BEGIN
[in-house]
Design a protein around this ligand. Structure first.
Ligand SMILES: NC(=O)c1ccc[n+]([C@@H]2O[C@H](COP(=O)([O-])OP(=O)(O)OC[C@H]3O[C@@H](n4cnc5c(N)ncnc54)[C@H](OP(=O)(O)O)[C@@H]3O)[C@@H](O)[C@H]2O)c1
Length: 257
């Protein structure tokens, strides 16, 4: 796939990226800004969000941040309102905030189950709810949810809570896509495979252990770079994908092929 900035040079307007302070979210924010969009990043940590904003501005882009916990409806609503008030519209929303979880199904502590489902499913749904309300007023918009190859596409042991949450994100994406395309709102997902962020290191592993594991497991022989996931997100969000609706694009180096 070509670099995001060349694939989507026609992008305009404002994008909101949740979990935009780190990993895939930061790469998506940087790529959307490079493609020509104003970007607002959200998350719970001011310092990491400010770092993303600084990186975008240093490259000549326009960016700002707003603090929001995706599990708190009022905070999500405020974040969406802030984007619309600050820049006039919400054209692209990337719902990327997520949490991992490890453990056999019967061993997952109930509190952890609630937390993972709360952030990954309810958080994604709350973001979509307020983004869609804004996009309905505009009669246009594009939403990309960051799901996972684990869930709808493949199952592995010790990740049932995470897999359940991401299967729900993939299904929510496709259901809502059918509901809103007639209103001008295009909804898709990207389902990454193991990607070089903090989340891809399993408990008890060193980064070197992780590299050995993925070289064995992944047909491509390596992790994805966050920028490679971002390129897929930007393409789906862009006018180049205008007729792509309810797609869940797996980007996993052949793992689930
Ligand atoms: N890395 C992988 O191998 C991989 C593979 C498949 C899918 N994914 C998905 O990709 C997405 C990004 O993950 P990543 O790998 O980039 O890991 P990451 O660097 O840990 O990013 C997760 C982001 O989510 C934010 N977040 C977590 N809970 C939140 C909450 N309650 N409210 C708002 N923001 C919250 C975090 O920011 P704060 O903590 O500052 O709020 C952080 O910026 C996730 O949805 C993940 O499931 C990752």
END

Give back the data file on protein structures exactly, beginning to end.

[in-house]
Design a protein around this ligand. Structure first.
Ligand SMILES: NC(=O)c1ccc[n+]([C@@H]2O[C@H](COP(=O)([O-])OP(=O)(O)OC[C@H]3O[C@@H](n4cnc5c(N)ncnc54)[C@H](OP(=O)(O)O)[C@@H]3O)[C@@H](O)[C@H]2O)c1
Length: 257
């Protein structure tokens, strides 16, 4: 796939990226800004969000941040309102905030189950709810949810809570896509495979252990770079994908092929 900035040079307007302070979210924010969009990043940590904003501005882009916990409806609503008030519209929303979880199904502590489902499913749904309300007023918009190859596409042991949450994100994406395309709102997902962020290191592993594991497991022989996931997100969000609706694009180096 070509670099995001060349694939989507026609992008305009404002994008909101949740979990935009780190990993895939930061790469998506940087790529959307490079493609020509104003970007607002959200998350719970001011310092990491400010770092993303600084990186975008240093490259000549326009960016700002707003603090929001995706599990708190009022905070999500405020974040969406802030984007619309600050820049006039919400054209692209990337719902990327997520949490991992490890453990056999019967061993997952109930509190952890609630937390993972709360952030990954309810958080994604709350973001979509307020983004869609804004996009309905505009009669246009594009939403990309960051799901996972684990869930709808493949199952592995010790990740049932995470897999359940991401299967729900993939299904929510496709259901809502059918509901809103007639209103001008295009909804898709990207389902990454193991990607070089903090989340891809399993408990008890060193980064070197992780590299050995993925070289064995992944047909491509390596992790994805966050920028490679971002390129897929930007393409789906862009006018180049205008007729792509309810797609869940797996980007996993052949793992689930
Ligand atoms: N890395 C992988 O191998 C991989 C593979 C498949 C899918 N994914 C998905 O990709 C997405 C990004 O993950 P990543 O790998 O980039 O890991 P990451 O660097 O840990 O990013 C997760 C982001 O989510 C934010 N977040 C977590 N809970 C939140 C909450 N309650 N409210 C708002 N923001 C919250 C975090 O920011 P704060 O903590 O500052 O709020 C952080 O910026 C996730 O949805 C993940 O499931 C990752």